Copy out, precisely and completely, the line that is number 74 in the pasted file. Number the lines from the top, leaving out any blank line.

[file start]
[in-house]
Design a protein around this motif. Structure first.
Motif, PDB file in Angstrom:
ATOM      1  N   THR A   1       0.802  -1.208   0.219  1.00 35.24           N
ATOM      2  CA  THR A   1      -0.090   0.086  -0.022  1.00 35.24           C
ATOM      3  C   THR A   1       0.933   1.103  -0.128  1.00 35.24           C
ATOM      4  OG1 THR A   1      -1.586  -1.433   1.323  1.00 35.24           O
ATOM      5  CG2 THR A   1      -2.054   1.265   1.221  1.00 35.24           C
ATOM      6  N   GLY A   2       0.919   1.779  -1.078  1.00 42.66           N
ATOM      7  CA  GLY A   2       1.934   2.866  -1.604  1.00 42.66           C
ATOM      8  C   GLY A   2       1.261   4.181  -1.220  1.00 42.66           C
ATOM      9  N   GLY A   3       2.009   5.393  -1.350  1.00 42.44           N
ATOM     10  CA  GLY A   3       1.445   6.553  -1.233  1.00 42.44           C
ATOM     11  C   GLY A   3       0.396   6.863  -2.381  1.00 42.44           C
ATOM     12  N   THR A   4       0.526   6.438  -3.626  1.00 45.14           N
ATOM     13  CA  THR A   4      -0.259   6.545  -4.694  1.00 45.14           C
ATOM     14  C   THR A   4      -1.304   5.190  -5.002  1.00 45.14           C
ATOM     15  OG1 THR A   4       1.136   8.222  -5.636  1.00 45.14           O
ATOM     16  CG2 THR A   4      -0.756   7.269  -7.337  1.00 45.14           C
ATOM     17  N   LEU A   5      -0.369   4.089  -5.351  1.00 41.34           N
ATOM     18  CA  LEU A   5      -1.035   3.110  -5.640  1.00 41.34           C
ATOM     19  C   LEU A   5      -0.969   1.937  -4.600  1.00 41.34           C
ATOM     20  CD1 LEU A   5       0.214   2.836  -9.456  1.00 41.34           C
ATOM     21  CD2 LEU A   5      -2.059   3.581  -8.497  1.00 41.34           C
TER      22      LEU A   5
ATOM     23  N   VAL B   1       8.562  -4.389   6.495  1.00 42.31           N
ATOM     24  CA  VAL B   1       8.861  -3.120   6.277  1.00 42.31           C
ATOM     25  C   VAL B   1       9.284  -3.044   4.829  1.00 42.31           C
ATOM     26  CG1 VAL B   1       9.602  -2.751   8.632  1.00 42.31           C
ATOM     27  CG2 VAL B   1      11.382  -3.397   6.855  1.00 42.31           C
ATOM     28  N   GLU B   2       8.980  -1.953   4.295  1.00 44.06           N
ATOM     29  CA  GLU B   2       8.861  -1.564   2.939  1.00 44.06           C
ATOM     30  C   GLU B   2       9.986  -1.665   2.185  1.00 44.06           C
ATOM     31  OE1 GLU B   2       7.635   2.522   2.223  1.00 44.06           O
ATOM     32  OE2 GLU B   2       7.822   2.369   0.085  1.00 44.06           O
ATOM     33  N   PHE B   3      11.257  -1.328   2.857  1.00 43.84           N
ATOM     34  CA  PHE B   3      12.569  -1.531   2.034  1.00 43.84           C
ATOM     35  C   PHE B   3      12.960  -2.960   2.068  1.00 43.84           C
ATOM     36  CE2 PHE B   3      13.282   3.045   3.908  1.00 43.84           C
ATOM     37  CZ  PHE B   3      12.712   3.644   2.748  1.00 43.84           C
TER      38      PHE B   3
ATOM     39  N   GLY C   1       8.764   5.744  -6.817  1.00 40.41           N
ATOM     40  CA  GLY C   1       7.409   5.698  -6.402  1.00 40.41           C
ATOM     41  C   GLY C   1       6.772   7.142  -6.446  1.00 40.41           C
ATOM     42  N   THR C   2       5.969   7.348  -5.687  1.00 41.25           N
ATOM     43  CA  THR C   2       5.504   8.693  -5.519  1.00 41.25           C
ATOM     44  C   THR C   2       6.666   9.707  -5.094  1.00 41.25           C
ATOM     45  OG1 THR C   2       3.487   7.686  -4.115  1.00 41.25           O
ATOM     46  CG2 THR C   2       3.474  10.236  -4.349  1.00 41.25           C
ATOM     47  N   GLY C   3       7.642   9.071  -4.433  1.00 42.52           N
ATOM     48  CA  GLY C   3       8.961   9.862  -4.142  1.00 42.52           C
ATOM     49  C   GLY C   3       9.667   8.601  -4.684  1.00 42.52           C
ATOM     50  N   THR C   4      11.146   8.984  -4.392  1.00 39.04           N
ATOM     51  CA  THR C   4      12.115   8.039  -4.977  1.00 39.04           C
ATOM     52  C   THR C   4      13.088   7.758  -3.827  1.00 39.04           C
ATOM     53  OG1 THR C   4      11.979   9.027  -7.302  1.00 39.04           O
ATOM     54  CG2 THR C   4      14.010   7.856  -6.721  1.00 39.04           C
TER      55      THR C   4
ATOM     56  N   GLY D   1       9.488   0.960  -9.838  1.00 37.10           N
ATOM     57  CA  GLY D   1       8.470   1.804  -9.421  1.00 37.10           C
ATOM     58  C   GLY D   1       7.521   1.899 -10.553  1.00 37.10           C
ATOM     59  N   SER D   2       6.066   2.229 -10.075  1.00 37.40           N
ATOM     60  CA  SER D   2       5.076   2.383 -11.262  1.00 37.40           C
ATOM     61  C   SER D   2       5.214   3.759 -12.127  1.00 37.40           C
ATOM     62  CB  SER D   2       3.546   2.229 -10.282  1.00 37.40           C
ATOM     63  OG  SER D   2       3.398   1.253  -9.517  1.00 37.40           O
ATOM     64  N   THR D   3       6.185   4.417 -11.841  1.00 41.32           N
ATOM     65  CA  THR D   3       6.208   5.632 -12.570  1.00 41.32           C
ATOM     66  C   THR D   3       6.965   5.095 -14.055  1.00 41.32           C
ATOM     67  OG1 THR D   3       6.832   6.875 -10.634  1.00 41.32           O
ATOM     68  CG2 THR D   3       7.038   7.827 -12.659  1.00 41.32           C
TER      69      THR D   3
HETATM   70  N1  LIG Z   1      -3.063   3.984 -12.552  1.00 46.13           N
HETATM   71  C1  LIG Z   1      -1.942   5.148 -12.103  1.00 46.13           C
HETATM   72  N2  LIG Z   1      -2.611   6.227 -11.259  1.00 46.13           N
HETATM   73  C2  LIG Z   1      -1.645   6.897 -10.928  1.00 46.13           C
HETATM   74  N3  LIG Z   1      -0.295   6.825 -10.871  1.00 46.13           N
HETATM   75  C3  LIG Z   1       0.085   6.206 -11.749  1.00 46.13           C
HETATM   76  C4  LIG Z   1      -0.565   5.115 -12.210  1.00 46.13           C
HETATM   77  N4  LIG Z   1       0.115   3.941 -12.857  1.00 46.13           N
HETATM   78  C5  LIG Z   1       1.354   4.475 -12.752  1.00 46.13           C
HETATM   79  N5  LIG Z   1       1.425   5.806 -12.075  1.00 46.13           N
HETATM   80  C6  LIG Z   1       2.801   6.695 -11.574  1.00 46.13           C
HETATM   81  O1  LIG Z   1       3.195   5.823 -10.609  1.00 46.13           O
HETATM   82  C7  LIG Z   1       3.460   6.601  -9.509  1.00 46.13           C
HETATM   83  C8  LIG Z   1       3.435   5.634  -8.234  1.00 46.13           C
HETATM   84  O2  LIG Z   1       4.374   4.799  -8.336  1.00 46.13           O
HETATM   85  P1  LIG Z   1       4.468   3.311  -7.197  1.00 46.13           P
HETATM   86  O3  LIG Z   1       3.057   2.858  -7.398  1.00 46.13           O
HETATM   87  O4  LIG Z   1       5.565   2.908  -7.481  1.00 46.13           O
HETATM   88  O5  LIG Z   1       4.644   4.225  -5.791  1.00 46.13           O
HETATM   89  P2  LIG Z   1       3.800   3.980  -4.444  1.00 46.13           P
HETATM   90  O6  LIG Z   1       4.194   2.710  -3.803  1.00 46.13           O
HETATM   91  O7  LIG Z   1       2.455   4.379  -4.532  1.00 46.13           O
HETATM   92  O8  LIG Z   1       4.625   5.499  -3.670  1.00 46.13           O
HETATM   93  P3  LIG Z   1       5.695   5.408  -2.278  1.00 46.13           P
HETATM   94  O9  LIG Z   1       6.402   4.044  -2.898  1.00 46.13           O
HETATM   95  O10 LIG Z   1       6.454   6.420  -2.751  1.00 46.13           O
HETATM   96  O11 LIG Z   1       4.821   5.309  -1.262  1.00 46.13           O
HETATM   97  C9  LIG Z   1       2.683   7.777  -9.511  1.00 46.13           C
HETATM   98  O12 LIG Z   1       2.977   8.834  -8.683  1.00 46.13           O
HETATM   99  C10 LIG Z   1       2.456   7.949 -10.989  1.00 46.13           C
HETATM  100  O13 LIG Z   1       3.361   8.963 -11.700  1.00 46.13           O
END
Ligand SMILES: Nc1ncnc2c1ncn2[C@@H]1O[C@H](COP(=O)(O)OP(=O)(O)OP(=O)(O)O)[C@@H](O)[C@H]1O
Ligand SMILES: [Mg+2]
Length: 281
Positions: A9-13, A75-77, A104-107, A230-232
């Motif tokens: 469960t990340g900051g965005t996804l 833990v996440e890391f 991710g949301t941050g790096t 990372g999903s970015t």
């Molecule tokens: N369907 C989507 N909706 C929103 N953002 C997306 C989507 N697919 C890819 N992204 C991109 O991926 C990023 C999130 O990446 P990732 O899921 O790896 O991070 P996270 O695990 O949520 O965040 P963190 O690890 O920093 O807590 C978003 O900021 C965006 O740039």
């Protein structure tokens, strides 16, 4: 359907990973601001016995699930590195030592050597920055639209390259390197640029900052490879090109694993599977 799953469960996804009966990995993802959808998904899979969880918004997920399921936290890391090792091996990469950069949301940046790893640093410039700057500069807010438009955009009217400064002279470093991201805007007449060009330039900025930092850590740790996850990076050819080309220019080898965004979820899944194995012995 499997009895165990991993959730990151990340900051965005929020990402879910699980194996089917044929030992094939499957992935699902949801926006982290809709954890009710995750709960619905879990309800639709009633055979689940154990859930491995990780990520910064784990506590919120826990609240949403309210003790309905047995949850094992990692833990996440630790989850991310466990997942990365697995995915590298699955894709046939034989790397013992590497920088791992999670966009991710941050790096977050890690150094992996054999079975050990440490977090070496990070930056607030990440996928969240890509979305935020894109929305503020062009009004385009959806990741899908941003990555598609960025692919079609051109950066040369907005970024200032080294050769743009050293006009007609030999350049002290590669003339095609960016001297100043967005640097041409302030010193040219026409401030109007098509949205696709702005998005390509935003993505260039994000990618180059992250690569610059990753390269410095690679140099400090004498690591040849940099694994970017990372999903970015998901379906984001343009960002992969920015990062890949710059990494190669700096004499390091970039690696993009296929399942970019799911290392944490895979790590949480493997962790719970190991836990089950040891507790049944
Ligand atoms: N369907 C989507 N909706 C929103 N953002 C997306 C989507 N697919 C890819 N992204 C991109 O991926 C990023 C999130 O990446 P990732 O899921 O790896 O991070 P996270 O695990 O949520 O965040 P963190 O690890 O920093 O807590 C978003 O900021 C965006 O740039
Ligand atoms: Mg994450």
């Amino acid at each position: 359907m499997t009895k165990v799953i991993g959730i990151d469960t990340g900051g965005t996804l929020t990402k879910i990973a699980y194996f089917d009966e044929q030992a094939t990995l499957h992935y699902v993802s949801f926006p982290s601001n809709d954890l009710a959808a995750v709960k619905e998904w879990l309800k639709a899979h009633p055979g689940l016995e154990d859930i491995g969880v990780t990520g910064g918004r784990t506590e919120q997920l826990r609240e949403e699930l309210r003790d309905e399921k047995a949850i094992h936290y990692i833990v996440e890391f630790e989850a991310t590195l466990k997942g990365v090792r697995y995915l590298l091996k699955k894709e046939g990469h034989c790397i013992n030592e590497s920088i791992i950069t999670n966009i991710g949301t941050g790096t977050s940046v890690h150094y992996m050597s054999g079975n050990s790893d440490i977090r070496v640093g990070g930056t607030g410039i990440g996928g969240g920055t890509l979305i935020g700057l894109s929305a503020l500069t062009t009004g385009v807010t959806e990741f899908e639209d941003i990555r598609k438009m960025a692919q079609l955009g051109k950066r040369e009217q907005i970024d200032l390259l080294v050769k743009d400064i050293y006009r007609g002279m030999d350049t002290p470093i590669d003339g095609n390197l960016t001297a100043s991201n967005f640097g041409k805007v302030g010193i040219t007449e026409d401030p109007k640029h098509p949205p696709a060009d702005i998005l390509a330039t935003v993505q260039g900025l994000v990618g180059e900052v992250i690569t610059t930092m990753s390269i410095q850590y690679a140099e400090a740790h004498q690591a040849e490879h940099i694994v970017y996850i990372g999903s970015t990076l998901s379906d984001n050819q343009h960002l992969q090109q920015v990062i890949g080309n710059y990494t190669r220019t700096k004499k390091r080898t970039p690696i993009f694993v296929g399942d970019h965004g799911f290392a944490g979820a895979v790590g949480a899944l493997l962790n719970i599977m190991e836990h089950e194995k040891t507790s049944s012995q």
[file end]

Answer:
HETATM   71  C1  LIG Z   1      -1.942   5.148 -12.103  1.00 46.13           C